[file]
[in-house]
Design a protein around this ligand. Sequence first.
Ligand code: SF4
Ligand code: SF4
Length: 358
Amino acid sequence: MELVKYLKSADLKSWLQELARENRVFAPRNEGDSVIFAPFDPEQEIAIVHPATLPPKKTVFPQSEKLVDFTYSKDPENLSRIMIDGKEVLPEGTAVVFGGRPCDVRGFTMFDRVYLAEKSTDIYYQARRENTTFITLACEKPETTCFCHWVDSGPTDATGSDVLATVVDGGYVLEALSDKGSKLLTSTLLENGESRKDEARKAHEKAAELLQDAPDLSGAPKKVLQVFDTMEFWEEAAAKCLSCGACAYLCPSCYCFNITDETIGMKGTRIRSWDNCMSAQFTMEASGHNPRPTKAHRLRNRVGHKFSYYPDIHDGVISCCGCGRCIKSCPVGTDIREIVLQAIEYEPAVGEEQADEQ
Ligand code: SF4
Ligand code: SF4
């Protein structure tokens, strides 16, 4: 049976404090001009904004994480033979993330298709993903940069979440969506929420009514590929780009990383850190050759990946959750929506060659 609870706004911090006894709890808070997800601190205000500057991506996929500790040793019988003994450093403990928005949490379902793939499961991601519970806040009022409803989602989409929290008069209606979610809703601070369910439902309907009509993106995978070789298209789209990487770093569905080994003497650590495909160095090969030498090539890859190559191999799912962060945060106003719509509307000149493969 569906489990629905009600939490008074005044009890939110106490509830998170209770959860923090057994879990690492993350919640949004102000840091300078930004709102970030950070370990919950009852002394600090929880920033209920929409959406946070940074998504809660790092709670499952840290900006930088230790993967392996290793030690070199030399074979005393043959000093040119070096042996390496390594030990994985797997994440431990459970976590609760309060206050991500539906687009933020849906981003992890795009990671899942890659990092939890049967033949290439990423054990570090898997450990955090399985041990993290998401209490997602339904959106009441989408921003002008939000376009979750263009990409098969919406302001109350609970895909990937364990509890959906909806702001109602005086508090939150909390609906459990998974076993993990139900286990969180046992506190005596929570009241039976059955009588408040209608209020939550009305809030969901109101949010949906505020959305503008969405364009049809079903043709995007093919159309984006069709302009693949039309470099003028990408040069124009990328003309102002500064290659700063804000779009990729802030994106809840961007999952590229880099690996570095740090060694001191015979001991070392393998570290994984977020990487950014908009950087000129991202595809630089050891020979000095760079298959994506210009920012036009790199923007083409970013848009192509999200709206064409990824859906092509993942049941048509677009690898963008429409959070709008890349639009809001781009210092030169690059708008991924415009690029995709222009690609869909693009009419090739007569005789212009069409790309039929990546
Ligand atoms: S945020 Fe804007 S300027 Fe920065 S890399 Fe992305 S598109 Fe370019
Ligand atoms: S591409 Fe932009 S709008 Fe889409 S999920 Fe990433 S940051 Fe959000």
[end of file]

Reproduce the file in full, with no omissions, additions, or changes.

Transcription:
[in-house]
Design a protein around this ligand. Sequence first.
Ligand code: SF4
Ligand code: SF4
Length: 358
Amino acid sequence: MELVKYLKSADLKSWLQELARENRVFAPRNEGDSVIFAPFDPEQEIAIVHPATLPPKKTVFPQSEKLVDFTYSKDPENLSRIMIDGKEVLPEGTAVVFGGRPCDVRGFTMFDRVYLAEKSTDIYYQARRENTTFITLACEKPETTCFCHWVDSGPTDATGSDVLATVVDGGYVLEALSDKGSKLLTSTLLENGESRKDEARKAHEKAAELLQDAPDLSGAPKKVLQVFDTMEFWEEAAAKCLSCGACAYLCPSCYCFNITDETIGMKGTRIRSWDNCMSAQFTMEASGHNPRPTKAHRLRNRVGHKFSYYPDIHDGVISCCGCGRCIKSCPVGTDIREIVLQAIEYEPAVGEEQADEQ
Ligand code: SF4
Ligand code: SF4
């Protein structure tokens, strides 16, 4: 049976404090001009904004994480033979993330298709993903940069979440969506929420009514590929780009990383850190050759990946959750929506060659 609870706004911090006894709890808070997800601190205000500057991506996929500790040793019988003994450093403990928005949490379902793939499961991601519970806040009022409803989602989409929290008069209606979610809703601070369910439902309907009509993106995978070789298209789209990487770093569905080994003497650590495909160095090969030498090539890859190559191999799912962060945060106003719509509307000149493969 569906489990629905009600939490008074005044009890939110106490509830998170209770959860923090057994879990690492993350919640949004102000840091300078930004709102970030950070370990919950009852002394600090929880920033209920929409959406946070940074998504809660790092709670499952840290900006930088230790993967392996290793030690070199030399074979005393043959000093040119070096042996390496390594030990994985797997994440431990459970976590609760309060206050991500539906687009933020849906981003992890795009990671899942890659990092939890049967033949290439990423054990570090898997450990955090399985041990993290998401209490997602339904959106009441989408921003002008939000376009979750263009990409098969919406302001109350609970895909990937364990509890959906909806702001109602005086508090939150909390609906459990998974076993993990139900286990969180046992506190005596929570009241039976059955009588408040209608209020939550009305809030969901109101949010949906505020959305503008969405364009049809079903043709995007093919159309984006069709302009693949039309470099003028990408040069124009990328003309102002500064290659700063804000779009990729802030994106809840961007999952590229880099690996570095740090060694001191015979001991070392393998570290994984977020990487950014908009950087000129991202595809630089050891020979000095760079298959994506210009920012036009790199923007083409970013848009192509999200709206064409990824859906092509993942049941048509677009690898963008429409959070709008890349639009809001781009210092030169690059708008991924415009690029995709222009690609869909693009009419090739007569005789212009069409790309039929990546
Ligand atoms: S945020 Fe804007 S300027 Fe920065 S890399 Fe992305 S598109 Fe370019
Ligand atoms: S591409 Fe932009 S709008 Fe889409 S999920 Fe990433 S940051 Fe959000």